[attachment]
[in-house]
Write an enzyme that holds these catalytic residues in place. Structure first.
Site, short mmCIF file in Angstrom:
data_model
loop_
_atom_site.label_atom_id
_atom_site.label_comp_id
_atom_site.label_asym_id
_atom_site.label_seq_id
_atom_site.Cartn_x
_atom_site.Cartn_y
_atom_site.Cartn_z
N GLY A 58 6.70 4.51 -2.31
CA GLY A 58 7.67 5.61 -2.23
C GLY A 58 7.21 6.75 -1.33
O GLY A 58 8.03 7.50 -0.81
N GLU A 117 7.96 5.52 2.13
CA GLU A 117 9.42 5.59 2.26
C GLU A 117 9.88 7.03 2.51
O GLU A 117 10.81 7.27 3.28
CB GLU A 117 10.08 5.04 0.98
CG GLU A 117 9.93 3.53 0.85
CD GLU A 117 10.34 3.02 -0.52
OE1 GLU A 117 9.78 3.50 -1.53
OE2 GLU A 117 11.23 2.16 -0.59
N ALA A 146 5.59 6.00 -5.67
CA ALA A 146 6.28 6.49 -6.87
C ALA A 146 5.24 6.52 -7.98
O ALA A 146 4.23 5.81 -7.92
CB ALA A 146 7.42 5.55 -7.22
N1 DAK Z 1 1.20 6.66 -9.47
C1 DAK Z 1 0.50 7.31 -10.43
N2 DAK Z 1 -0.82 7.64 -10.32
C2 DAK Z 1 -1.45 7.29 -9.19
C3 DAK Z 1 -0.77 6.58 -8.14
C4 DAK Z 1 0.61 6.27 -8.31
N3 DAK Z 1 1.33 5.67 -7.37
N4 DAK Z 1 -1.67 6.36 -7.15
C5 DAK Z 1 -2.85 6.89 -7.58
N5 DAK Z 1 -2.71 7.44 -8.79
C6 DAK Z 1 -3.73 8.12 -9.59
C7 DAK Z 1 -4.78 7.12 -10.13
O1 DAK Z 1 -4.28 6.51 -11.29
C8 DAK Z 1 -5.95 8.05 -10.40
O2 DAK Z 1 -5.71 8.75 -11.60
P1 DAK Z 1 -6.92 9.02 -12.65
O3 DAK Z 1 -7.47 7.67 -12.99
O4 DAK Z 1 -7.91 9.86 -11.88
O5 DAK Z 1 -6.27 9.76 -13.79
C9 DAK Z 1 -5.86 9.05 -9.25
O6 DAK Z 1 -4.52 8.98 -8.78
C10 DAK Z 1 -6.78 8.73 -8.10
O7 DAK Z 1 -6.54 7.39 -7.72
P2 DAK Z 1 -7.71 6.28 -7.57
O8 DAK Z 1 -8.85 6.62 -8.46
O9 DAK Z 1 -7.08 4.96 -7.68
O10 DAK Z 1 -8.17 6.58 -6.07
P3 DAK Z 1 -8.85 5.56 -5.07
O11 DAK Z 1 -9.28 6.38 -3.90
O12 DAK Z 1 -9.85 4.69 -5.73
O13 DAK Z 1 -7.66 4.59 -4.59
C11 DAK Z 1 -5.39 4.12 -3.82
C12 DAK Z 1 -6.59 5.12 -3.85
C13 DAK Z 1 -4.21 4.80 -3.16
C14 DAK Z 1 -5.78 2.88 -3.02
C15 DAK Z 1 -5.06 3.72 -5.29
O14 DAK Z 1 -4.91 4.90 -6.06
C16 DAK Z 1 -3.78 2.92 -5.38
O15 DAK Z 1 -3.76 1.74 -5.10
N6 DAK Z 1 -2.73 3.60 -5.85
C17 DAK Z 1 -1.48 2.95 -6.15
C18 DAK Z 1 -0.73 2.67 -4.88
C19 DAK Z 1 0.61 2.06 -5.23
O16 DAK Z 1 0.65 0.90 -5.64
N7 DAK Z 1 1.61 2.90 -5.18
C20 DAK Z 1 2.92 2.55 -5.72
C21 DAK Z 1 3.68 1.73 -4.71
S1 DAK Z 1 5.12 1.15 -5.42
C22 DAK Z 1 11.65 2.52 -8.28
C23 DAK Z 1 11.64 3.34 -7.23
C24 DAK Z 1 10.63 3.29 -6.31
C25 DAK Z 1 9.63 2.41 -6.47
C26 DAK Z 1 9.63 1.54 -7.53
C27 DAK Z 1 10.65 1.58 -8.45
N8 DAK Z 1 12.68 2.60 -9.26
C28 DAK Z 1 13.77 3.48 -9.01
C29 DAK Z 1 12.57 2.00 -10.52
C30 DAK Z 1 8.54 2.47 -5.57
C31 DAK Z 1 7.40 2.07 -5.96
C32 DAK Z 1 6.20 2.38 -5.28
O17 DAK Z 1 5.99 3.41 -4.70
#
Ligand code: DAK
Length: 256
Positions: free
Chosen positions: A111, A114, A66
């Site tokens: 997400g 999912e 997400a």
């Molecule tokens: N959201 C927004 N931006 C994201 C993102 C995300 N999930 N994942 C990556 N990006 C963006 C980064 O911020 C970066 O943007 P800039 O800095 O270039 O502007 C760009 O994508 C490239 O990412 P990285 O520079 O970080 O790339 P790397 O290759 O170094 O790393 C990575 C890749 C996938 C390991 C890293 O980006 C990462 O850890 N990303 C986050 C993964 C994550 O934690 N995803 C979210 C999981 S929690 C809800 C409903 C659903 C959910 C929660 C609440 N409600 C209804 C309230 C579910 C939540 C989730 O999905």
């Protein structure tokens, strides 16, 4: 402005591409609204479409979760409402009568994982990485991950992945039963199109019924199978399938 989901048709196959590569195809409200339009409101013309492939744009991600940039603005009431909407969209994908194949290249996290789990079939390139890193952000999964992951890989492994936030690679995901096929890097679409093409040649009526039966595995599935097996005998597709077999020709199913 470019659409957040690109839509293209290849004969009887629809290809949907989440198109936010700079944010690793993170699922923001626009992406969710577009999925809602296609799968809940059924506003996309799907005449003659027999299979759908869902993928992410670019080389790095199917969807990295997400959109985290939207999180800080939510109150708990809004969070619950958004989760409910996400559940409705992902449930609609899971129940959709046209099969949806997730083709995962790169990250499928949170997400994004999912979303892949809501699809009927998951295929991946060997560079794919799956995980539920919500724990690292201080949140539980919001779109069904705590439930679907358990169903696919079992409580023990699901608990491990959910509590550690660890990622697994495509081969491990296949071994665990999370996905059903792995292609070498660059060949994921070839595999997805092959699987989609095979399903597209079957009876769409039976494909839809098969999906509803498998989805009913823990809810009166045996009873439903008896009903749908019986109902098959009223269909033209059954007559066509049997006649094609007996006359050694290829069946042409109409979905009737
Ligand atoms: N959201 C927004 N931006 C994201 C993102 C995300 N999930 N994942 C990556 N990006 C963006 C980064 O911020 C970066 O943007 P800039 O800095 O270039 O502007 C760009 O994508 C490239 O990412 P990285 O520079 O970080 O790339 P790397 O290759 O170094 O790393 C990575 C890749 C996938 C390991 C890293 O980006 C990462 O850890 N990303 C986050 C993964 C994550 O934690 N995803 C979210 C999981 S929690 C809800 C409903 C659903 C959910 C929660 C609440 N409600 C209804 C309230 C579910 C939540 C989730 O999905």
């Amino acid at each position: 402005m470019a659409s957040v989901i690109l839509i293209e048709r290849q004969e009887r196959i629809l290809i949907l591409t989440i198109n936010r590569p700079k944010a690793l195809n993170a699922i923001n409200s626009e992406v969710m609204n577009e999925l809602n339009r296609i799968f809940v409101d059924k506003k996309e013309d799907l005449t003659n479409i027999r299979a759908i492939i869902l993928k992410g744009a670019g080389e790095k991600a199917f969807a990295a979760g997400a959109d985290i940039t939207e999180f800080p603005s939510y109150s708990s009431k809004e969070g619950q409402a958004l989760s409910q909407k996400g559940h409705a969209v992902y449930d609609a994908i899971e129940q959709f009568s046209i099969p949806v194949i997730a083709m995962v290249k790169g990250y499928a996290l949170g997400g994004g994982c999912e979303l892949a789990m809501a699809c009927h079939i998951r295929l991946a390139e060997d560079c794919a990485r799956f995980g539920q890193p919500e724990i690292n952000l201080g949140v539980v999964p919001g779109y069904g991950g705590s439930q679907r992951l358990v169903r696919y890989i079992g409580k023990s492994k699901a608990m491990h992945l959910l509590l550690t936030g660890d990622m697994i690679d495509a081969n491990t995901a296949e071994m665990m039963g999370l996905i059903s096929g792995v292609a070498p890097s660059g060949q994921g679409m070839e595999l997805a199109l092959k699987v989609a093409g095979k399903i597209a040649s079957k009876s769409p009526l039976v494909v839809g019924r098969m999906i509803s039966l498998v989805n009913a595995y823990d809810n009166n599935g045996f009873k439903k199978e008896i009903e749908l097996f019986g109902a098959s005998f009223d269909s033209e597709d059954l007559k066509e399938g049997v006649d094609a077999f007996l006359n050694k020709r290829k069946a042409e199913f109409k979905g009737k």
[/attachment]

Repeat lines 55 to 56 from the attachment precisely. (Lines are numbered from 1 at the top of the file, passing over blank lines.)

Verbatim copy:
O8 DAK Z 1 -8.85 6.62 -8.46
O9 DAK Z 1 -7.08 4.96 -7.68